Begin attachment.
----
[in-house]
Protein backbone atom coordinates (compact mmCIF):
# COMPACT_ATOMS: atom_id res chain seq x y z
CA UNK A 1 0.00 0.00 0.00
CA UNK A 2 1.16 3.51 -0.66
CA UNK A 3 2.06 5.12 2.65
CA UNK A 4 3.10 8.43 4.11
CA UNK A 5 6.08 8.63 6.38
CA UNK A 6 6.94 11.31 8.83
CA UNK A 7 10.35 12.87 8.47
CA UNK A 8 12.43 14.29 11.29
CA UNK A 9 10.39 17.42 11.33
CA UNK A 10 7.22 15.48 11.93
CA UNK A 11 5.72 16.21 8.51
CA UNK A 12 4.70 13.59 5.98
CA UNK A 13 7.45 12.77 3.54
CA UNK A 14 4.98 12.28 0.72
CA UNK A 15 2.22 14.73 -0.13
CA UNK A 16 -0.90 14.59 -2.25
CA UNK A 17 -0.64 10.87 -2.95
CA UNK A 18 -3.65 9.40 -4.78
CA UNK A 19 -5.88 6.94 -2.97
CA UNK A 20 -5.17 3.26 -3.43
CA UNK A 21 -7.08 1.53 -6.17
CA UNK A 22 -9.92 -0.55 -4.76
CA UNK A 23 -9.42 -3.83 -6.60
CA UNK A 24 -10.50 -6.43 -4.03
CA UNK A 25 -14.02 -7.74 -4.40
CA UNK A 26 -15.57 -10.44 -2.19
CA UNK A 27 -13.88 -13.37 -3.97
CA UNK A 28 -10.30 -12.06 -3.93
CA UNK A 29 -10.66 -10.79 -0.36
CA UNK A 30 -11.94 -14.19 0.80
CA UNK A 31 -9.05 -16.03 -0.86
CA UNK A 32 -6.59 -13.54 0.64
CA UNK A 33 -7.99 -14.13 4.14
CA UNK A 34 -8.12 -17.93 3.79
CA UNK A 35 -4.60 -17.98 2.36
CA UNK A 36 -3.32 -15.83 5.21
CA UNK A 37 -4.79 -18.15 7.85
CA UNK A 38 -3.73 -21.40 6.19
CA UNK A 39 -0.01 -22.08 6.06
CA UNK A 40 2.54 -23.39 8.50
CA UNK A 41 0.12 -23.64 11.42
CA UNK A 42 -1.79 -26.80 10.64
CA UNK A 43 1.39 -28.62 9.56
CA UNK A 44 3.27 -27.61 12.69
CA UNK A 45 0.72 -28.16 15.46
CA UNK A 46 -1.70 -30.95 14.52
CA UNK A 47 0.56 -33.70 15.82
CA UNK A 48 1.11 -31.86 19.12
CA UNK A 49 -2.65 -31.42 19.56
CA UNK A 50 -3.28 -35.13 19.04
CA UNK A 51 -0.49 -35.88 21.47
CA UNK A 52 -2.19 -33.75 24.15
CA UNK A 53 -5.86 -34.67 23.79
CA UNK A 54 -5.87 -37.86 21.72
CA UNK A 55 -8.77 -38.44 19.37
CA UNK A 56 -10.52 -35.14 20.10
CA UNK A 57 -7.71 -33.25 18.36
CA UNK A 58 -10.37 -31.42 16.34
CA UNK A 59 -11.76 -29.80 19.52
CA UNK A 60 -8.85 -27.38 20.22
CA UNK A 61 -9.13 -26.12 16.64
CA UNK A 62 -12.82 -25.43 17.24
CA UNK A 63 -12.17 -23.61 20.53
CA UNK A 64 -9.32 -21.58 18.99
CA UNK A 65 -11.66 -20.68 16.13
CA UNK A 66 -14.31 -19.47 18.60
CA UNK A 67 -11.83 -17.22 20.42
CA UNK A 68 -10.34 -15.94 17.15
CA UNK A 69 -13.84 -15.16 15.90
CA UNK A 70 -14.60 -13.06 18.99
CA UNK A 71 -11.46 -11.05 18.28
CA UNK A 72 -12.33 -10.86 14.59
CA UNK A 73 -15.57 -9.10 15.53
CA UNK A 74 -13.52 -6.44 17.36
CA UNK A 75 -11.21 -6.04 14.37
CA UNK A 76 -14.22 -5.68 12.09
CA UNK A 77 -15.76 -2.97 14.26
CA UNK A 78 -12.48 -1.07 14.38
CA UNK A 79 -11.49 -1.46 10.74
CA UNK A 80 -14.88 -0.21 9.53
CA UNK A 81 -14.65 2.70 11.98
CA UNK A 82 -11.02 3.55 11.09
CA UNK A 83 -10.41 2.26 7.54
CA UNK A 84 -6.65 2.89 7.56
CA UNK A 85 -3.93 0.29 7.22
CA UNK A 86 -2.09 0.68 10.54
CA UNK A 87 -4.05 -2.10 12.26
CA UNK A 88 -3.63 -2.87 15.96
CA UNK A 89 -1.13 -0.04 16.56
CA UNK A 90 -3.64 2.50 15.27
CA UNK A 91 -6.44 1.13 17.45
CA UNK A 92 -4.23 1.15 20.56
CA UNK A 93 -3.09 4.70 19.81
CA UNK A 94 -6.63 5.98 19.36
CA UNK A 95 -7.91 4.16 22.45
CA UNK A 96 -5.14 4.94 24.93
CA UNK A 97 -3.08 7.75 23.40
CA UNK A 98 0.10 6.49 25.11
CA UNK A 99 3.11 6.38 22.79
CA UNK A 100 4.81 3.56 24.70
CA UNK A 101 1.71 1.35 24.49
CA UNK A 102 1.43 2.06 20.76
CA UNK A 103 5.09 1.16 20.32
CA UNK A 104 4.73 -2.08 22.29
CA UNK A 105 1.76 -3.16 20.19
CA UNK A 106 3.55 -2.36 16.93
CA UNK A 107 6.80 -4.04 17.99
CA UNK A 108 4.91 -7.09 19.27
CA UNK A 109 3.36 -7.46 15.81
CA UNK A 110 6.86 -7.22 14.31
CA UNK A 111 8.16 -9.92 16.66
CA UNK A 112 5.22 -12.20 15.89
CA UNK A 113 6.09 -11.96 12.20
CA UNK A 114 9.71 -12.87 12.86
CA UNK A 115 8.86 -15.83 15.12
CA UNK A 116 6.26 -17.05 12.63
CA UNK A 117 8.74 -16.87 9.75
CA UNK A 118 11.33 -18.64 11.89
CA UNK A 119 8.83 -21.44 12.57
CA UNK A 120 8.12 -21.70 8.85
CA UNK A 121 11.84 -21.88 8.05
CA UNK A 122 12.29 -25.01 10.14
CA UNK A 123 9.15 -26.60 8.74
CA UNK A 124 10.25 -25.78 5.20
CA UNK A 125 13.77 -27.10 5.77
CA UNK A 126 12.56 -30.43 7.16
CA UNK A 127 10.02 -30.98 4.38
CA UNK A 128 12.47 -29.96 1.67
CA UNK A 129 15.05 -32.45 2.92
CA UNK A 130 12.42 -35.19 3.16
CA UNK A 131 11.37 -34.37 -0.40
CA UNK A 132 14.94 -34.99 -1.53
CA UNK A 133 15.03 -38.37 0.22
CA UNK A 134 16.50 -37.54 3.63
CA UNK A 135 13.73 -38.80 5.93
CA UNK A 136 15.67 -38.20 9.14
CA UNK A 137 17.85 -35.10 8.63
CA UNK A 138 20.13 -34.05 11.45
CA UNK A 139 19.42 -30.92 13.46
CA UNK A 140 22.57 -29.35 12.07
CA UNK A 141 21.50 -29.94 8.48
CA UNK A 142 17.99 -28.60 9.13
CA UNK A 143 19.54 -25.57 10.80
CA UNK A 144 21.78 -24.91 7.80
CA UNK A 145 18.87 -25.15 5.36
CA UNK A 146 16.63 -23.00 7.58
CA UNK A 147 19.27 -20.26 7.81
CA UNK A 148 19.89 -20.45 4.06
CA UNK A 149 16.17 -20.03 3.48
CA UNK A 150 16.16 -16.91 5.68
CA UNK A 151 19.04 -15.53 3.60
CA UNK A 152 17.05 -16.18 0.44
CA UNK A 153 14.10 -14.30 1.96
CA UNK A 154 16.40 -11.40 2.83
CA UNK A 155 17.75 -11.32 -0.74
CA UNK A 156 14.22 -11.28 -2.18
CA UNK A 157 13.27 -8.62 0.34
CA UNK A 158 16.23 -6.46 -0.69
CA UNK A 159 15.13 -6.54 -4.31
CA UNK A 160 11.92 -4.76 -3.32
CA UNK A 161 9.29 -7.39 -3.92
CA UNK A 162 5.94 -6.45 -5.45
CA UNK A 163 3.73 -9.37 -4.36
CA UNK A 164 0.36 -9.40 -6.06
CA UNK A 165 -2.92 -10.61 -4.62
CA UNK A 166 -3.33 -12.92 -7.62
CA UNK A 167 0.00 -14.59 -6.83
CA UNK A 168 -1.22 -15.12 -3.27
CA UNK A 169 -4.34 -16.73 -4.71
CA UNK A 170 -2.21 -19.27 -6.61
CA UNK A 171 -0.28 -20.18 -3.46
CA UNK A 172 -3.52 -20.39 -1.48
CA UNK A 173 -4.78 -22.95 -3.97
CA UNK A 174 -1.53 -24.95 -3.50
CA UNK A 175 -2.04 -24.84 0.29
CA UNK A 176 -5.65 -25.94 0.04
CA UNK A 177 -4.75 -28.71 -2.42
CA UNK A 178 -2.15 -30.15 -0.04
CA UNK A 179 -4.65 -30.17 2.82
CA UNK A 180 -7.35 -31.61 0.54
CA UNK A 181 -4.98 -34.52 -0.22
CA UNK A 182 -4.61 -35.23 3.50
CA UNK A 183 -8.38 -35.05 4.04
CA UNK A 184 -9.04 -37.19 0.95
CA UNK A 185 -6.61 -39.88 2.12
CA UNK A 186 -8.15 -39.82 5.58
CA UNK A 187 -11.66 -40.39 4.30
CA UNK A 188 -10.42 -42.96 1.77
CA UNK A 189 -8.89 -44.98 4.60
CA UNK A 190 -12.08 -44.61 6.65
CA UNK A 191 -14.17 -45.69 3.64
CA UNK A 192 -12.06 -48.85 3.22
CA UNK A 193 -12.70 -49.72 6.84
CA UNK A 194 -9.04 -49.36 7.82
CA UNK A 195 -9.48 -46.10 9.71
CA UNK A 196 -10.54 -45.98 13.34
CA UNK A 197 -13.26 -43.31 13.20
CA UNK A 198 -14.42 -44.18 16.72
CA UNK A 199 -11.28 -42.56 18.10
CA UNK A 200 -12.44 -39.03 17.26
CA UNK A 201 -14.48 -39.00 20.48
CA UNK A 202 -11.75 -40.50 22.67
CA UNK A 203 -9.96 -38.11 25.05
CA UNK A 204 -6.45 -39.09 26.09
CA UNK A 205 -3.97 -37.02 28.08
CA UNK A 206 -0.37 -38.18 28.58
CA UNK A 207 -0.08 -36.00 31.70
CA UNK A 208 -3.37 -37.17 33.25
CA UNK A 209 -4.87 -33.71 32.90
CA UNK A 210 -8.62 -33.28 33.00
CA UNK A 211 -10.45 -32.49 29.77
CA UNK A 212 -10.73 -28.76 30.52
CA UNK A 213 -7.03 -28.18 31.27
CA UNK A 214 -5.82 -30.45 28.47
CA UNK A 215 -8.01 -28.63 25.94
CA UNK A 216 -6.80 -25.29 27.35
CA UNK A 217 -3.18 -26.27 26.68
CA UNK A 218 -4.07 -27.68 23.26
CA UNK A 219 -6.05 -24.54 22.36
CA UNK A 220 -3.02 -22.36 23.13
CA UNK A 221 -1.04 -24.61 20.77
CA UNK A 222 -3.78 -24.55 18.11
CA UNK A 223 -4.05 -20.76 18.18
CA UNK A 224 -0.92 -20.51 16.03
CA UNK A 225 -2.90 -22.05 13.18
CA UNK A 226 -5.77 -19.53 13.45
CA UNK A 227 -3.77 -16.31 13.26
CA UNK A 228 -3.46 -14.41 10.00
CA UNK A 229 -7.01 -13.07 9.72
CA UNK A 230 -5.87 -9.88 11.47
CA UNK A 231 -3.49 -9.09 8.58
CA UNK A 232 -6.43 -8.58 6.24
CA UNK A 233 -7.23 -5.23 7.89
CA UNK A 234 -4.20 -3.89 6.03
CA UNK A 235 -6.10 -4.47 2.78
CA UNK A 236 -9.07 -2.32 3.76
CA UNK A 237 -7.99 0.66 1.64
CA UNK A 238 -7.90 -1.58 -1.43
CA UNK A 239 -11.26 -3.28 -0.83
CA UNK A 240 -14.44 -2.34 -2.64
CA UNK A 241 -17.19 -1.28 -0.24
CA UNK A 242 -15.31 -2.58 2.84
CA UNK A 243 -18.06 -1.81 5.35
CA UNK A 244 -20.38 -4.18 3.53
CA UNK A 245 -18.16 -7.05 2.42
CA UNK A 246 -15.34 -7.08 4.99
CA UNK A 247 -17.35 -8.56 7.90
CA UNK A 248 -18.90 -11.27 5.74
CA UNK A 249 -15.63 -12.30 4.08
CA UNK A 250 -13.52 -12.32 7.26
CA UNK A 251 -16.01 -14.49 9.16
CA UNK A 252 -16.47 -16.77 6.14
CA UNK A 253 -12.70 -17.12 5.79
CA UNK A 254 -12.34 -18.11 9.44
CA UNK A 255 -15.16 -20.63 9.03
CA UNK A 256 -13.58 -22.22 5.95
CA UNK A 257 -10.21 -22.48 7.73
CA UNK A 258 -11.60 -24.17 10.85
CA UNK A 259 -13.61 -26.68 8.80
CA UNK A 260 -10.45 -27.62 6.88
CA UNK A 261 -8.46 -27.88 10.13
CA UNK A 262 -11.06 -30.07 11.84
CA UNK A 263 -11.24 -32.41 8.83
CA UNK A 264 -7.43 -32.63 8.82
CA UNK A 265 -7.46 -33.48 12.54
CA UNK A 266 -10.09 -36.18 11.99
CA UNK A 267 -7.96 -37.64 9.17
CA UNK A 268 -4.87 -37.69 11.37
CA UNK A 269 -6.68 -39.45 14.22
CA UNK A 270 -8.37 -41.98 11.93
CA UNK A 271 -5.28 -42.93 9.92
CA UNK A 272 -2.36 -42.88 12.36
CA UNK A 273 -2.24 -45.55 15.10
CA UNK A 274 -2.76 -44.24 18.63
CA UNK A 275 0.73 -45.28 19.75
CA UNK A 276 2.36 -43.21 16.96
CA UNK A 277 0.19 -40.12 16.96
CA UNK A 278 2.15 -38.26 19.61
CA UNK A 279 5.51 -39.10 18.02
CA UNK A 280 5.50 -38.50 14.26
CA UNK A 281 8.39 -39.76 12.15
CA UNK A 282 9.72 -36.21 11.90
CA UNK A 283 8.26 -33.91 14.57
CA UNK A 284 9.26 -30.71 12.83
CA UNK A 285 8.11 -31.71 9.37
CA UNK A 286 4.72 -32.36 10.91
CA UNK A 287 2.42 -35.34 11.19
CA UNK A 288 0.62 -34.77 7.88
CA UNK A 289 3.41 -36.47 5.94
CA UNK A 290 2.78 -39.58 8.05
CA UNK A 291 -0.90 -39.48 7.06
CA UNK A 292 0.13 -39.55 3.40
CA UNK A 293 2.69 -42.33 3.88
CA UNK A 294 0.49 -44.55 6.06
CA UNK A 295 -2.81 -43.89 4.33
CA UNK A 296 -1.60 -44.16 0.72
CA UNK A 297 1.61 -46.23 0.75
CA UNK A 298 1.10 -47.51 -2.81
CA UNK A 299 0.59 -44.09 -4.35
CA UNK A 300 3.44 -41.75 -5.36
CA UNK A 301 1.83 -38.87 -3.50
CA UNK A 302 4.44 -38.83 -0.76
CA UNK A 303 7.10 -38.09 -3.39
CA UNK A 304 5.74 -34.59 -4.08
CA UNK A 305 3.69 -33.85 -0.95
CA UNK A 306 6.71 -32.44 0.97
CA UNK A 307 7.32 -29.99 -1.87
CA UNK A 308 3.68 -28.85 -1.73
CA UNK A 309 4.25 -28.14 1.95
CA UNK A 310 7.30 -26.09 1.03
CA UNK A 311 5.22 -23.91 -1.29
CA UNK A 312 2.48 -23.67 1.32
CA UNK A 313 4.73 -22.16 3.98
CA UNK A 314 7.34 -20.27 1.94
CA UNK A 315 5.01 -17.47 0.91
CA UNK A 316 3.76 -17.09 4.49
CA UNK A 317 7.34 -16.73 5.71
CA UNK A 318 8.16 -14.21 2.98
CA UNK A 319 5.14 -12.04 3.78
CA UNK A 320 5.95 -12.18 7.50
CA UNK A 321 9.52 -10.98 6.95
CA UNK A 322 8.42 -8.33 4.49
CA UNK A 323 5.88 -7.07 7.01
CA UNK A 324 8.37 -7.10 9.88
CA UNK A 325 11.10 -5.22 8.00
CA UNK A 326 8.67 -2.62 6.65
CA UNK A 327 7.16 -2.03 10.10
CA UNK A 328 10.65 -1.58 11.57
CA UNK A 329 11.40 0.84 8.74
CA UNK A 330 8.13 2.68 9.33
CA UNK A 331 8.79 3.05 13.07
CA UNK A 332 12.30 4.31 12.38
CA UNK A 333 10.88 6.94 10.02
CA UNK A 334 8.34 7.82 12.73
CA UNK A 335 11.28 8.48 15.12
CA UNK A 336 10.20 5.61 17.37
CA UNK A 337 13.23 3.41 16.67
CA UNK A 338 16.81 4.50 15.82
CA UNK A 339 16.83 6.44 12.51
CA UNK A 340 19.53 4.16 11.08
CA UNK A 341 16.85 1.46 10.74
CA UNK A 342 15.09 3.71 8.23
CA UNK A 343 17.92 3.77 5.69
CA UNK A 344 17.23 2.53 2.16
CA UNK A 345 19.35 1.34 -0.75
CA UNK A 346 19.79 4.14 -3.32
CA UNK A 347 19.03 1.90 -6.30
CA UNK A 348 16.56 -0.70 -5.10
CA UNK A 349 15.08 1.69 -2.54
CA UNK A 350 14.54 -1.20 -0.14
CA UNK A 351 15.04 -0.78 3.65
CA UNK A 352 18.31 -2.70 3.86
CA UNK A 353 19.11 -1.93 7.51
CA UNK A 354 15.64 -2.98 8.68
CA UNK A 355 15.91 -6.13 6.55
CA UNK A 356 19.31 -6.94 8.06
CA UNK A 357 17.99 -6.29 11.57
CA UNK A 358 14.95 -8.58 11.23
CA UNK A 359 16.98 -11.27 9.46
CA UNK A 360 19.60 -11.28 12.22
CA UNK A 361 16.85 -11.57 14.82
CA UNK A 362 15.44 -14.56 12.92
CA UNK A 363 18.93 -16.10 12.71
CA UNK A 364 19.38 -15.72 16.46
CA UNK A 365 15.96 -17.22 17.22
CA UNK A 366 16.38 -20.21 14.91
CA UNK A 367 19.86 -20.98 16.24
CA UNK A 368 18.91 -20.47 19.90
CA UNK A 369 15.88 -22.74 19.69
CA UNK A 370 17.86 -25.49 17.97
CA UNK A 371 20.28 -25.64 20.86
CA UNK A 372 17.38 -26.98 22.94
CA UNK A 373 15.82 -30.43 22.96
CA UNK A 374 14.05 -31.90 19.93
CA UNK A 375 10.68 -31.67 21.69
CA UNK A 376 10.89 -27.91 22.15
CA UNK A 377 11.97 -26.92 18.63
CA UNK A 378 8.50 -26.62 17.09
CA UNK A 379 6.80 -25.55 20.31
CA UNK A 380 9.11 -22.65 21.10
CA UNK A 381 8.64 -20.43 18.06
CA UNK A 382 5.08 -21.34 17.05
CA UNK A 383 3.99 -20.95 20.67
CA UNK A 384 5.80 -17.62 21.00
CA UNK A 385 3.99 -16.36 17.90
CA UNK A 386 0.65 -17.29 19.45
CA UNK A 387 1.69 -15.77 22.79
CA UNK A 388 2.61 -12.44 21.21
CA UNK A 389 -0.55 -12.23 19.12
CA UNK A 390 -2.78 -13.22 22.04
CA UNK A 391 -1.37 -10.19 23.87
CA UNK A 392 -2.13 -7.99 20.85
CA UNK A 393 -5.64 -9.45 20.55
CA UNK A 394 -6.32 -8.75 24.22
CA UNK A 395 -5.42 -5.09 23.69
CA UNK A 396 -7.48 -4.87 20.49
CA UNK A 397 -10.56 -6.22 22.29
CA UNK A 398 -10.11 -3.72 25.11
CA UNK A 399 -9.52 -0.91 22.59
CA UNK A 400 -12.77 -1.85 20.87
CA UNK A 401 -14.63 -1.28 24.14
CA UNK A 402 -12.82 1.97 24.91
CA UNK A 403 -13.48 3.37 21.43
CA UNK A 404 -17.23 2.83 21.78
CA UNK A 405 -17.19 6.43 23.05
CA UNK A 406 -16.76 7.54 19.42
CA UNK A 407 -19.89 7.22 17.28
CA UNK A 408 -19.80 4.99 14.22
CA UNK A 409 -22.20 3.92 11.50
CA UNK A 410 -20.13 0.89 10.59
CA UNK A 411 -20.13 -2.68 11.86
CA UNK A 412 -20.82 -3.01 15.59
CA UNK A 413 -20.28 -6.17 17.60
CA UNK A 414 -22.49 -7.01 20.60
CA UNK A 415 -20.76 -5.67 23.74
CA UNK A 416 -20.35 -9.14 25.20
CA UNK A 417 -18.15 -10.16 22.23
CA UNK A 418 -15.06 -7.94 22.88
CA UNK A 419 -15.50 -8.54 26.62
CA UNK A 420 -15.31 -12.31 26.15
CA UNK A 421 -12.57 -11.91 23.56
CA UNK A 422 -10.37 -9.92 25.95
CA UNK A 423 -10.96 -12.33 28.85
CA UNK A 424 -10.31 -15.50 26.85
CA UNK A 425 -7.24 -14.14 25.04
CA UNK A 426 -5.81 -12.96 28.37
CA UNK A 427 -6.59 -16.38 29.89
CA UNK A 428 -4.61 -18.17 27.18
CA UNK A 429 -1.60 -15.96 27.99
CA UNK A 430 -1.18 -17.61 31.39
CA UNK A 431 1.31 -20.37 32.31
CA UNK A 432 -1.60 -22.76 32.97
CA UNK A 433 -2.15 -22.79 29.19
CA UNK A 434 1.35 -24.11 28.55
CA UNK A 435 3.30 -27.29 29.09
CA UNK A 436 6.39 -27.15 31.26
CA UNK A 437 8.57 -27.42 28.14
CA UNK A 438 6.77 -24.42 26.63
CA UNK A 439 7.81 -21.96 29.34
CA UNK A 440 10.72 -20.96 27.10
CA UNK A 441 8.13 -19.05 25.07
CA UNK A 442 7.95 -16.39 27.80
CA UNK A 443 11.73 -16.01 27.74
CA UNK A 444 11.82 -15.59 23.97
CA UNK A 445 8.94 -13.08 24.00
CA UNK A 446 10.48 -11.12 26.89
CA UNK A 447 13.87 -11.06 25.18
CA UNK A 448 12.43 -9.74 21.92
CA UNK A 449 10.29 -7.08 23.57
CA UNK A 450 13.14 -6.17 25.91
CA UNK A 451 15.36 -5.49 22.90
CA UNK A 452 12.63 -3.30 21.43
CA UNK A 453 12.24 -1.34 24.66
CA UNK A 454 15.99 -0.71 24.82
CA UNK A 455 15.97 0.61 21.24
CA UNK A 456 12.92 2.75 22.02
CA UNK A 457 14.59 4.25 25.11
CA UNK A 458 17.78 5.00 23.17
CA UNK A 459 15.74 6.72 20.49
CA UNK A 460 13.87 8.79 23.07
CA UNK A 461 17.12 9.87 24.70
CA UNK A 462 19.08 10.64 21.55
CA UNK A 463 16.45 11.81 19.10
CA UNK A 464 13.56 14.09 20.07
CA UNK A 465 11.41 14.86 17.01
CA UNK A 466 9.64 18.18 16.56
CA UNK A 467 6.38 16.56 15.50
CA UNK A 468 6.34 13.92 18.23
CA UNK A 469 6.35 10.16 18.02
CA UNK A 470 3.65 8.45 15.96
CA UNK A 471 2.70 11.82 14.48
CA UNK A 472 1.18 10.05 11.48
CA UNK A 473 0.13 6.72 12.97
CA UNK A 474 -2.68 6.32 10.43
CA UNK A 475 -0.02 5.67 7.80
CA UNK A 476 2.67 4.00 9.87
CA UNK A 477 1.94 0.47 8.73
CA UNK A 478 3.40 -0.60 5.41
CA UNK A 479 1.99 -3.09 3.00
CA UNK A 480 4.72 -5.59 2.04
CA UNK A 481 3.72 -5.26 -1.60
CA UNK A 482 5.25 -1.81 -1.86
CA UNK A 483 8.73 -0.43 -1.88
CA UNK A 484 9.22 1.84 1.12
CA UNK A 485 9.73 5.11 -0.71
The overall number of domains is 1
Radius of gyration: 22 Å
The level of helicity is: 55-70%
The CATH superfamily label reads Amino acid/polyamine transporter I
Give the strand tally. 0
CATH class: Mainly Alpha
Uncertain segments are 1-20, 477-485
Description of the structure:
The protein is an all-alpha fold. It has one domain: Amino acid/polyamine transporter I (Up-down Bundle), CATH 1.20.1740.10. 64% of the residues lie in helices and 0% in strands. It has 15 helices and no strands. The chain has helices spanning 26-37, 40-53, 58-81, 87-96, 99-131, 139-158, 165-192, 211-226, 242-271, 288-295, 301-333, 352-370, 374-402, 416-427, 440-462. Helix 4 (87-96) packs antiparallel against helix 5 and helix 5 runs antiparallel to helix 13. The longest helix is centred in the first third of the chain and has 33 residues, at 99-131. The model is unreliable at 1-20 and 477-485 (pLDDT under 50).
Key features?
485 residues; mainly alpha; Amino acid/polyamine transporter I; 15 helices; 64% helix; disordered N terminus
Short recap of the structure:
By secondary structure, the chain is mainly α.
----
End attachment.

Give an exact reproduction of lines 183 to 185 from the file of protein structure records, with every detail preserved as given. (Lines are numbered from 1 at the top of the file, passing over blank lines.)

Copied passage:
CA UNK A 180 -7.35 -31.61 0.54
CA UNK A 181 -4.98 -34.52 -0.22
CA UNK A 182 -4.61 -35.23 3.50